We're (gradually) moving to a new website design - you're viewing a page that still uses the old design, but it will still work as normal!

Live In-Person: Primal Scream’s Bobby Gillespie in Edinburgh

Tuesday 7th December

  • Venue Greenside Church, 1b Royal Terrace, Edinburgh, EH7 5AB
  • Doors open 7.30pm
  • Start time 8pm
Image of Live In-Person: Primal Scream’s Bobby Gillespie

It’s the story of one of the most popular and influential British popstars of the past 30 years.

Born into a working-class Glaswegian family in the summer of 1961, Bobby’s story begins in the district of Springburn, soon to be evacuated in Edwards Heath’s brutal slum clearances. Leaving school at 16 and going to work as a printers’ apprentice, Bobby’s rock n roll epiphany arrives like a bolt of lightning shining from Phil Lynott’s mirrored pickguard at his first gig at the Apollo in Glasgow. Filled with ‘the holy spirit of rock n roll’ his destiny is sealed with the arrival of the Sex Pistols and punk rock which to Bobby, represents an iconoclastic vision of class rebellion and would ultimately lead to him becoming an artist.

This December we will be joined live by Bobby Gillespie himself to discuss his definitive autobiography which tells his story up to the recording and release of the album that has been credited with ‘starting the 90’s’: Screamadelica.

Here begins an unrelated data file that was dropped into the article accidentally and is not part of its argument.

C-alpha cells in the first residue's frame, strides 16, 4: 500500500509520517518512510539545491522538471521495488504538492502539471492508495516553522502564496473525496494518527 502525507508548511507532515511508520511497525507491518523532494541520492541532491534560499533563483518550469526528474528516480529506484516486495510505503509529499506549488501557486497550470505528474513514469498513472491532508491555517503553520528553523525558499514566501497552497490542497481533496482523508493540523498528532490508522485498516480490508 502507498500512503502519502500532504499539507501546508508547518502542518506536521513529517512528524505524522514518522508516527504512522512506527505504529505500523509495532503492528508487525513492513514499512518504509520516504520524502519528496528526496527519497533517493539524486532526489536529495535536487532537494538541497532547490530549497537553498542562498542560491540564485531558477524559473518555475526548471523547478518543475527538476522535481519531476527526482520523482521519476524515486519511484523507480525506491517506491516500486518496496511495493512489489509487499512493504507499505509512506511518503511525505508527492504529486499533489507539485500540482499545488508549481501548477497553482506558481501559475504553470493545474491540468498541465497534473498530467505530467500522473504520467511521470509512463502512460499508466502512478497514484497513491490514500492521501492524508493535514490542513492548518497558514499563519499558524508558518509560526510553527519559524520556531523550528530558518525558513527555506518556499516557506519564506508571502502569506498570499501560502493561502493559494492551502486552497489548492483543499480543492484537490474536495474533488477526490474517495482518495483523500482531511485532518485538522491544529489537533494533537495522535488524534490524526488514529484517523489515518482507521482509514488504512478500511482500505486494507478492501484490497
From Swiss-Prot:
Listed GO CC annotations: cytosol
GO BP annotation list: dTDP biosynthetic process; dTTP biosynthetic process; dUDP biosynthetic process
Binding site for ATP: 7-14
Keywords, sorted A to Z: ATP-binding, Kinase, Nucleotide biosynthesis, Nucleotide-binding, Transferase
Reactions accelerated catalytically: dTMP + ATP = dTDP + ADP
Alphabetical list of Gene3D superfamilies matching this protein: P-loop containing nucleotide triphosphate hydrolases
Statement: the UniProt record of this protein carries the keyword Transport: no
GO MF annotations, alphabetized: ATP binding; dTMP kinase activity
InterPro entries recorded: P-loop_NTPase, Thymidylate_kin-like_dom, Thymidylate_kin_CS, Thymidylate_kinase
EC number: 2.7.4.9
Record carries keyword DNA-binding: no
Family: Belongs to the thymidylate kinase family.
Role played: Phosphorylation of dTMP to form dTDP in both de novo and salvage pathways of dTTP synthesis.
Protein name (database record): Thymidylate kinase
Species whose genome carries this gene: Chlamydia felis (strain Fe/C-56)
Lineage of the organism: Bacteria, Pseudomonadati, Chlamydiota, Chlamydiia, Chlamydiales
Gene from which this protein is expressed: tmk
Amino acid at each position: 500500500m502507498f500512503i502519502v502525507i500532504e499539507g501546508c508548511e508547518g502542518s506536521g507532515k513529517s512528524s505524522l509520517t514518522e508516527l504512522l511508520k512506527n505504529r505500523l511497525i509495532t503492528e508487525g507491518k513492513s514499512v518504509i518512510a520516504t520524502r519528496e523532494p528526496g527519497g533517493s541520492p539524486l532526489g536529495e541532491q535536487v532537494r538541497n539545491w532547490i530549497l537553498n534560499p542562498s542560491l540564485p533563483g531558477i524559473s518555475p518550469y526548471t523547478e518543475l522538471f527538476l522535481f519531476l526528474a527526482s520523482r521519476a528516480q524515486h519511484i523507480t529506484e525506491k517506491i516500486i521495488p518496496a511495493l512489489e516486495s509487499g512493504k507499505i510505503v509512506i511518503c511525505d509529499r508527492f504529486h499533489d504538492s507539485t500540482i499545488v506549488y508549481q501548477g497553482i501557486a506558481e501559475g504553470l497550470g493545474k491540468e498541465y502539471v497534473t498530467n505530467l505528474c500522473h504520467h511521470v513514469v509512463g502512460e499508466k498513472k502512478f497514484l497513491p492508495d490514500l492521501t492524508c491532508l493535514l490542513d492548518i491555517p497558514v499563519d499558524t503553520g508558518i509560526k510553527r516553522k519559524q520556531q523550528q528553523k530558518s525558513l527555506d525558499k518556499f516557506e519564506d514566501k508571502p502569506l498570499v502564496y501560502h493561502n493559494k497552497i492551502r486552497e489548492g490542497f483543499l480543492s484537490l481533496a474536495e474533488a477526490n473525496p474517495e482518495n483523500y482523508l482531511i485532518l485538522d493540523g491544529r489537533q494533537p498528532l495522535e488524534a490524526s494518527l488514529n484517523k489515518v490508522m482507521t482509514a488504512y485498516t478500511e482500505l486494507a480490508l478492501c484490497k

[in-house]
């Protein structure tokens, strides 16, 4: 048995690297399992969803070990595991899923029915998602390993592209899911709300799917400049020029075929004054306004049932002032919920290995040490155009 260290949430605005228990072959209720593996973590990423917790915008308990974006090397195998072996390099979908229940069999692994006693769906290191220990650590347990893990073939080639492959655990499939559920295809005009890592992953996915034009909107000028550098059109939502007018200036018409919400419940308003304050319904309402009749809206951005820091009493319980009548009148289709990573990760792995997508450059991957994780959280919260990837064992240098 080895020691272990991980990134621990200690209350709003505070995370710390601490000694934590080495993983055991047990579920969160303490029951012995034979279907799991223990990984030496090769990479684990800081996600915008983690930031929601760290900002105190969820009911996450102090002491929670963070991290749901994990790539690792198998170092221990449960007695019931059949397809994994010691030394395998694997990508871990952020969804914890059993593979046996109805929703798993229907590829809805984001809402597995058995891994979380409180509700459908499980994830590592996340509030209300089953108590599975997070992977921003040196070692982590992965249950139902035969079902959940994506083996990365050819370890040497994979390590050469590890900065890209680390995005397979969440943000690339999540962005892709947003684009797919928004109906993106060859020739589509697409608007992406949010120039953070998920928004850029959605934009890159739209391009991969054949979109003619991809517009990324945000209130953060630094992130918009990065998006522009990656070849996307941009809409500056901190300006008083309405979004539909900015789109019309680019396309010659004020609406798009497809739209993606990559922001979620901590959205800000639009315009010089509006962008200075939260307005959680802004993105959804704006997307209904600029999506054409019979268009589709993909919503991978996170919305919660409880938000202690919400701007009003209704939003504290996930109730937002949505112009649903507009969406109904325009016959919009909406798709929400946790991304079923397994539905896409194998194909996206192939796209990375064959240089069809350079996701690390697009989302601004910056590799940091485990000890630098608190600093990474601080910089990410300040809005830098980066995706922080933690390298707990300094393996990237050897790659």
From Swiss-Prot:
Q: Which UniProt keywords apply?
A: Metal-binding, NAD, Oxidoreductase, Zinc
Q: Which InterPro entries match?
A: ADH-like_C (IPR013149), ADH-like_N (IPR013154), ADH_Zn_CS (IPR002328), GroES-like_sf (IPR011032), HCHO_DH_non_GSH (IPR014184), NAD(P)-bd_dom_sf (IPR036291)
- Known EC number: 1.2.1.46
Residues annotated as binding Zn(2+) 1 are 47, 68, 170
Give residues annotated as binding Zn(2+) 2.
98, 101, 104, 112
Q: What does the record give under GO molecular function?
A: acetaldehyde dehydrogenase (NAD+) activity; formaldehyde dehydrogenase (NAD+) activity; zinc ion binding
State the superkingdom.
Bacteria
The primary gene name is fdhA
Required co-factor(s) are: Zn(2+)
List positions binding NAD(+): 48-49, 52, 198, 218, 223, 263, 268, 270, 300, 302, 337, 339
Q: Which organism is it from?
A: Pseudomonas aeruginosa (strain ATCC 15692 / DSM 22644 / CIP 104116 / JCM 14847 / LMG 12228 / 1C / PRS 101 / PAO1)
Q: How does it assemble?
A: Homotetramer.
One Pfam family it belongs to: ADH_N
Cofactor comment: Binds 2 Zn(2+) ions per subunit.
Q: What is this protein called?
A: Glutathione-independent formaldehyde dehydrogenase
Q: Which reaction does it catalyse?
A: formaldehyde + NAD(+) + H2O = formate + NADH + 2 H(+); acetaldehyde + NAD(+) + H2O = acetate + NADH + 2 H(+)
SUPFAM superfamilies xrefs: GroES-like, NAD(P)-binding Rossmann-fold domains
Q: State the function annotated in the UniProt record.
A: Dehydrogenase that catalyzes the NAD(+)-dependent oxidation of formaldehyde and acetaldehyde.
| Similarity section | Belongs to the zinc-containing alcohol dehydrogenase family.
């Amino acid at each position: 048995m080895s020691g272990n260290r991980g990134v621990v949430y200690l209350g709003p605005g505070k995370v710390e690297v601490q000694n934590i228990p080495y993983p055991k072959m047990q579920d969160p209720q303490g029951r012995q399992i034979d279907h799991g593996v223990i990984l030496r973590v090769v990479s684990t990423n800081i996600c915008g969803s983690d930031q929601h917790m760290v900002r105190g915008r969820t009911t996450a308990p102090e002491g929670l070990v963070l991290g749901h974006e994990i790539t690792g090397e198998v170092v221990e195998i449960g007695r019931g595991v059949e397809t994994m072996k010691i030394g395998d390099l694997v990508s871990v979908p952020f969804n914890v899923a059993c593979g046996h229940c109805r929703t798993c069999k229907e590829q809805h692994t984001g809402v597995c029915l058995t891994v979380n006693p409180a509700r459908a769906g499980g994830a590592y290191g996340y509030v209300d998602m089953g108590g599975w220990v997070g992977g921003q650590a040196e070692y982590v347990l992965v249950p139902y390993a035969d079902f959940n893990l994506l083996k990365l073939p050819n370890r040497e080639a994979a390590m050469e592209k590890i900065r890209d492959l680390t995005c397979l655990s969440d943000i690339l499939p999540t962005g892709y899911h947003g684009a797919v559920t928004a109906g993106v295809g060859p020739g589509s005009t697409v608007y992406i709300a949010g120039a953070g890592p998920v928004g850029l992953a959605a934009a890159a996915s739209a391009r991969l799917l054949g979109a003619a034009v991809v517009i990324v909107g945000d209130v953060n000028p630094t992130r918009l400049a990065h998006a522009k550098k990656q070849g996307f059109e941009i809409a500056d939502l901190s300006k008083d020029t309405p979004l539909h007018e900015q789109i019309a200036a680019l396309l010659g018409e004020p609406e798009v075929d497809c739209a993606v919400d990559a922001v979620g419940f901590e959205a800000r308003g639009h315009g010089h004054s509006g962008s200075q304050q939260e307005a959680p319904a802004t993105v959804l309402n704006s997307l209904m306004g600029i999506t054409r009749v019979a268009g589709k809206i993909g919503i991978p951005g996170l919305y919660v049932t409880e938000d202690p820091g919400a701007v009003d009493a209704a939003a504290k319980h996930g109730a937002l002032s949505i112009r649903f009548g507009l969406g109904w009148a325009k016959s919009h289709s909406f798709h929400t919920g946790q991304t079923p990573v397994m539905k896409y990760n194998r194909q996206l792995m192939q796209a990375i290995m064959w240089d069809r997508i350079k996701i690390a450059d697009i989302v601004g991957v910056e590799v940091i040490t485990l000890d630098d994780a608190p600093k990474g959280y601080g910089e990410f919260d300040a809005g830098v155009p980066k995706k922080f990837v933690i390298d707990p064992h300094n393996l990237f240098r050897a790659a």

Structured in four parts, Tenement Kid builds like a breakbeat crescendo to the final quarter of the book, the Summer of Love, Boys Own parties, and the fateful meeting with Andrew Weatherall in an East Sussex Field. As the ‘80s bleed into the 90s’, and a new kind of electronic soul music starts to pulse through the nation’s consciousness, Primal Scream became the most innovative British band of the new decade, representing a new psychedelic vanguard taking shape at Creation Records.

Ending with the release of Screamadelica and the tour that followed in the autumn, Tenement Kid is a book filled with the joy and wonder of a rock n roll apostle who would radically reshape the future sounds of fin de siècle British pop.

Join us for an evening with Bobby as he discusses his memoir, cutting a righteous path through a decade lost to Thatcherism and saved by acid house.